Diana Gabaldon is pure genius. Reaching the end of Dragonfly in Amber, I wasn’t sure what to expect next… I definitely not to be catapulted through time by twenty years. I immediately panicked, freaking out that the saga of Jamie and Claire was coming to end, that the story was transforming its central characters…

I’m glad I’m wrong most of the time. Rather than alter the focus from Jamie and Claire to their daughter, Brianna, Gabaldon used her to add another layer to the story, making things more complicated, if that were even possible. I don’t know how Gabaldon keeps it all straight, but she does it and it’s a freaking masterpiece.

What can I say about Voyager that I haven’t said about the previous two novels in the Outlander saga? Her writing style, world building, and character development are superb. I can’t find fault in any of it. It’s long and the scenes can be drawn out, but I find that the length and amount of description are necessary to get the depth of emotion across, to really reach the reader on more than just a surface level.

The change of scenery is a bit mind blowing, and I find myself missing the contrasts of Scotland. Jamie and Claire end up across the world, and I feel that there are no limits to their ongoing adventures. They never seem to settle, and even though it seems to be what Jamie wants more than anything, he doesn’t seem suited to a quiet life. I’m just waiting for the ball to drop, for him to do something crazy … and to subsequently pick up the pieces of my broken heart. He’s done it to me before, and I’m under no delusions that he’ll do it again in The Drums of Autumn.

If you haven’t started this saga, please, please give it a chance. Don’t let the number of pages deter you – every single word is worth the time. Gabaldon is a master story-teller, and I can say that I don’t think I’ve ever been as enchanted or involved in a story as I have been with the Outlander series. As readers, that’s what we crave, isn’t it?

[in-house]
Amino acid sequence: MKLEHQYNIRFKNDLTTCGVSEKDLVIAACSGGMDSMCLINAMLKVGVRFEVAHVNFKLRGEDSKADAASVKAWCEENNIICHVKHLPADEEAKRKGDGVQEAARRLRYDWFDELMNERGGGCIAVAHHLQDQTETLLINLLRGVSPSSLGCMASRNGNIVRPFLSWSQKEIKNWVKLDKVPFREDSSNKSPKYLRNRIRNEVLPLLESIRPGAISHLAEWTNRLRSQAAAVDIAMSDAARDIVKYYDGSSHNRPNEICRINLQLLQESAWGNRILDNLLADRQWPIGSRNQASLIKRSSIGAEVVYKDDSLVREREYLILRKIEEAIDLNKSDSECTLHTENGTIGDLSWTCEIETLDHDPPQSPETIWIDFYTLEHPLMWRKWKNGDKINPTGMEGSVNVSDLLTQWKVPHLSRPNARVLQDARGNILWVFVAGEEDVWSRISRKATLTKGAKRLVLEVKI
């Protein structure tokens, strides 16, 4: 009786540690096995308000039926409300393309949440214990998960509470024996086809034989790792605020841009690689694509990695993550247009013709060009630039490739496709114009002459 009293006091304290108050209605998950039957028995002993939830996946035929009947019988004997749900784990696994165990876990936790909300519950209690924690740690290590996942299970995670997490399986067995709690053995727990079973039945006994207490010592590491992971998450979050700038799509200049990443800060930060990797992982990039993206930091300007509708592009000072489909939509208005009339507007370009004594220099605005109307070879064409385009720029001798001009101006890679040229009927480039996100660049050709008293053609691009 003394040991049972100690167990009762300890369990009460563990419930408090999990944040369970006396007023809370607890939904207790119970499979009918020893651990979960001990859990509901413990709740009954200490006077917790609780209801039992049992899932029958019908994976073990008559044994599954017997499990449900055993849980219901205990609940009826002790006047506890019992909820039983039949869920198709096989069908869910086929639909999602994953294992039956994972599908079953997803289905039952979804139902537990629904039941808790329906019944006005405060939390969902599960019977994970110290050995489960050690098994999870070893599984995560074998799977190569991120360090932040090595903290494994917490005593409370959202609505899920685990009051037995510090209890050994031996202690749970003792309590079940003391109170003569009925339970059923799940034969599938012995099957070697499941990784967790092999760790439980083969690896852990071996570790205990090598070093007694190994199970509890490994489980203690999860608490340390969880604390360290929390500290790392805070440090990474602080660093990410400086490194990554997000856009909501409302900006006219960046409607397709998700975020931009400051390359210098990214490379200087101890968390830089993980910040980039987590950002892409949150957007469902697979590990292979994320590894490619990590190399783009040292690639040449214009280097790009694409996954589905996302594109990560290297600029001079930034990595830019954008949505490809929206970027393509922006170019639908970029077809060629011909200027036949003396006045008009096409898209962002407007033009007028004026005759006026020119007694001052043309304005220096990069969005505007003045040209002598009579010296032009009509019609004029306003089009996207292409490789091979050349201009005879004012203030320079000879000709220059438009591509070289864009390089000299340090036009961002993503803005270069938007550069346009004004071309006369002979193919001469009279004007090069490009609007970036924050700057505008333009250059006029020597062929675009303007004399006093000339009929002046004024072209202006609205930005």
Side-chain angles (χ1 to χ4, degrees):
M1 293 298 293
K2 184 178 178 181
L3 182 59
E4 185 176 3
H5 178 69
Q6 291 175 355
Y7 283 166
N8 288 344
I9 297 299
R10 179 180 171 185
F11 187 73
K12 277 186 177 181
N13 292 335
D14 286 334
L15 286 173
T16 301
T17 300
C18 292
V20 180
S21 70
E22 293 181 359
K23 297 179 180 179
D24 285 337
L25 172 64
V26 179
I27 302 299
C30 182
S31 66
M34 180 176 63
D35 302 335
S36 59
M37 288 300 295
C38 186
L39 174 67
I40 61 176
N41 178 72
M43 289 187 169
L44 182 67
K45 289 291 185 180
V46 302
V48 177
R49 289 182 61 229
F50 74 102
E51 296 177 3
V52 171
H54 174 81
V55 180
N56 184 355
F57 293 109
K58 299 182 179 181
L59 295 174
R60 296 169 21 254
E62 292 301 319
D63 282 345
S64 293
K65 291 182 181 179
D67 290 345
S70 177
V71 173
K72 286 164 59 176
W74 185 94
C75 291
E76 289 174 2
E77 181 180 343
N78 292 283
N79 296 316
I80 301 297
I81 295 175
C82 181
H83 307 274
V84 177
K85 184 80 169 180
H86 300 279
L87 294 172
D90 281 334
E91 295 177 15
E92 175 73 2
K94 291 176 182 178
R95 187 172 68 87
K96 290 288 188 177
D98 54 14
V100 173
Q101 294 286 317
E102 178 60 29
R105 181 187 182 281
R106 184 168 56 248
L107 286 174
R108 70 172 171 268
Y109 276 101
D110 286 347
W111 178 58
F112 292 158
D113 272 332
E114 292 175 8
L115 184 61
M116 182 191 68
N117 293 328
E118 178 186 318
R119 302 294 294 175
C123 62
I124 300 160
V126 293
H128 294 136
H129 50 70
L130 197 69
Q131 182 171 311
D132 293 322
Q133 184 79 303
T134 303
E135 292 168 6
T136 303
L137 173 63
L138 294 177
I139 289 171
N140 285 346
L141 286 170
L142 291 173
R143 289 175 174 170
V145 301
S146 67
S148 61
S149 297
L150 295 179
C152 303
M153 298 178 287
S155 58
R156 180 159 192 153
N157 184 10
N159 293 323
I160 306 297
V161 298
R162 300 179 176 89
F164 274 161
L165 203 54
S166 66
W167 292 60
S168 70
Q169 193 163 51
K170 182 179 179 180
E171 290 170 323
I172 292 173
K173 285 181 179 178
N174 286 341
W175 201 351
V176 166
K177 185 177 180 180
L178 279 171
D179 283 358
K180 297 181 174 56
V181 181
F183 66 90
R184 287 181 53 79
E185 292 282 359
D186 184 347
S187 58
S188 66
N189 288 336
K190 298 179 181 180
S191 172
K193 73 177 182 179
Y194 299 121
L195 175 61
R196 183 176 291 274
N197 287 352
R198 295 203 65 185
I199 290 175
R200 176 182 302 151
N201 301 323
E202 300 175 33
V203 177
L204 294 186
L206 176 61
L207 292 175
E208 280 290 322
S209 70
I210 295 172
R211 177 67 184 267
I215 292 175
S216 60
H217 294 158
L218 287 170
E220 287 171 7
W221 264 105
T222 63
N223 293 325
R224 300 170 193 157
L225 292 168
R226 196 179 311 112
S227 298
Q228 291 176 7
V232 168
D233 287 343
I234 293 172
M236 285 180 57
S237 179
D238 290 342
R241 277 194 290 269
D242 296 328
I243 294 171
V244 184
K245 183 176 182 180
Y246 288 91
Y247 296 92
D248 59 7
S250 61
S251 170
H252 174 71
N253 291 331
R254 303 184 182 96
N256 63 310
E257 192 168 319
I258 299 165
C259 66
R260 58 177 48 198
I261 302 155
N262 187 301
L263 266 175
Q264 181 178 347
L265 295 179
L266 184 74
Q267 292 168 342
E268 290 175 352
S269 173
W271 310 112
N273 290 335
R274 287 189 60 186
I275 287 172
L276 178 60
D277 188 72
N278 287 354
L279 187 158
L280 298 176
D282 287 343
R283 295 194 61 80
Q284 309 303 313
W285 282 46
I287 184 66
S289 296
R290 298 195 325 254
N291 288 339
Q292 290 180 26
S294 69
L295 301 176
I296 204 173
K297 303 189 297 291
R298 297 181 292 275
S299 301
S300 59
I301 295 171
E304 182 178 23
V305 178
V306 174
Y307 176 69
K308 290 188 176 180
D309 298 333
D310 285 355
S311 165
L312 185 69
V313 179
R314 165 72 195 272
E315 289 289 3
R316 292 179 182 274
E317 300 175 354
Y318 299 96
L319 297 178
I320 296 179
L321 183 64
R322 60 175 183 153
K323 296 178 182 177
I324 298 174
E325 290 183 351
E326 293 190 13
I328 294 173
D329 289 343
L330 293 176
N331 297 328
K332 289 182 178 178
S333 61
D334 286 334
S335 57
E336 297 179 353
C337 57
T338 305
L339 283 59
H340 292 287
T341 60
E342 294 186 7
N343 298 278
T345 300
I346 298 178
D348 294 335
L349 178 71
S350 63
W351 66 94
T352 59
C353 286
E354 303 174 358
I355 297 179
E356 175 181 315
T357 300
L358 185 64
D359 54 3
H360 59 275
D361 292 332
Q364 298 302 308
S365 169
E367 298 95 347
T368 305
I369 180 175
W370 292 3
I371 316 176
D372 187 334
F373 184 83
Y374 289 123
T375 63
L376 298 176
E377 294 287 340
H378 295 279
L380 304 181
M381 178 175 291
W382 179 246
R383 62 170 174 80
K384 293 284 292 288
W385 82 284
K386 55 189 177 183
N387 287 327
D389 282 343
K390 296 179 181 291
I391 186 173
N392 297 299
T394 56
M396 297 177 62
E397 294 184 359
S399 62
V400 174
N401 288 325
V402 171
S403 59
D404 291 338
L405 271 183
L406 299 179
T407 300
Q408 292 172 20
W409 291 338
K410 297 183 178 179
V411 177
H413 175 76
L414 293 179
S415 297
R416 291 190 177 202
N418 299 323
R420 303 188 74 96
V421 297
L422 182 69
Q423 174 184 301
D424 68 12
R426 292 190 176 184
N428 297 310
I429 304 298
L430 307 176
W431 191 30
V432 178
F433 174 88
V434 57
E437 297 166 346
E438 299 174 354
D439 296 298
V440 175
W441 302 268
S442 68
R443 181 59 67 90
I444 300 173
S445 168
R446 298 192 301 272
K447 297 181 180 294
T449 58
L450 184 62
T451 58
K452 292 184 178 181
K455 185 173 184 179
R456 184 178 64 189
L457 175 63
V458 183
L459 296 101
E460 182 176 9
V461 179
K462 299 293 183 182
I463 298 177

Review: The Darkest Part of the Forest by Holly Black

20958632Children can have a cruel, absolute sense of justice. Children can kill a monster and feel quite proud of themselves. A girl can look at her brother and believe they’re destined to be a knight and a bard who battle evil. She can believe she’s found the thing she’s been made for.

Hazel lives with her brother, Ben, in the strange town of Fairfold where humans and fae exist side by side. The faeries’ seemingly harmless magic attracts tourists, but Hazel knows how dangerous
they can be, and she knows how to stop them. Or she did, once.

At the center of it all, there is a glass coffin in the woods. It rests right on the ground and in it sleeps a boy with horns on his head and ears as pointed as knives. Hazel and Ben were both in love with him as children. The boy has slept there for generations, never waking.

Until one day, he does…

As the world turns upside down, Hazel tries to remember her years pretending to be a knight. But swept up in new love, shifting loyalties, and the fresh sting of betrayal, will it be enough?


Rating: 2/5 Stars

The synopsis of The Darkest Part of the Forest is epic. It hints at a creepy and magical world and effects a level of excitement that makes you clear your entire day for reading, feeding your family be damned. But as I began turning the pages, fully expecting to be sucked in, I  felt my attention swaying as the story fell short over and over again.

I really dislike giving low ratings, but I can’t go any higher than two stars for TDPotF and here’s why:

  1. The world building was mediocre. I couldn’t envision the town or even the fairy forest, and the tension we were supposed to feel between the two worlds fell flat. Even the legend of the prince and the shock of his waking – which I guess was supposed to be a major part of the story? – didn’t feel like a big deal.
  2. The characters were underdeveloped and inconsistent. I couldn’t connect with any of them, and I’m kinda depressed about it because there was so much potential for them to be so much more than they were. {ahem, Jack! I mean… the guy could have his own novel.} What little personality they had didn’t quite fit with their actions, making the believability nil. There was no development in the relationships, and insta-love without any real foundation is always boring.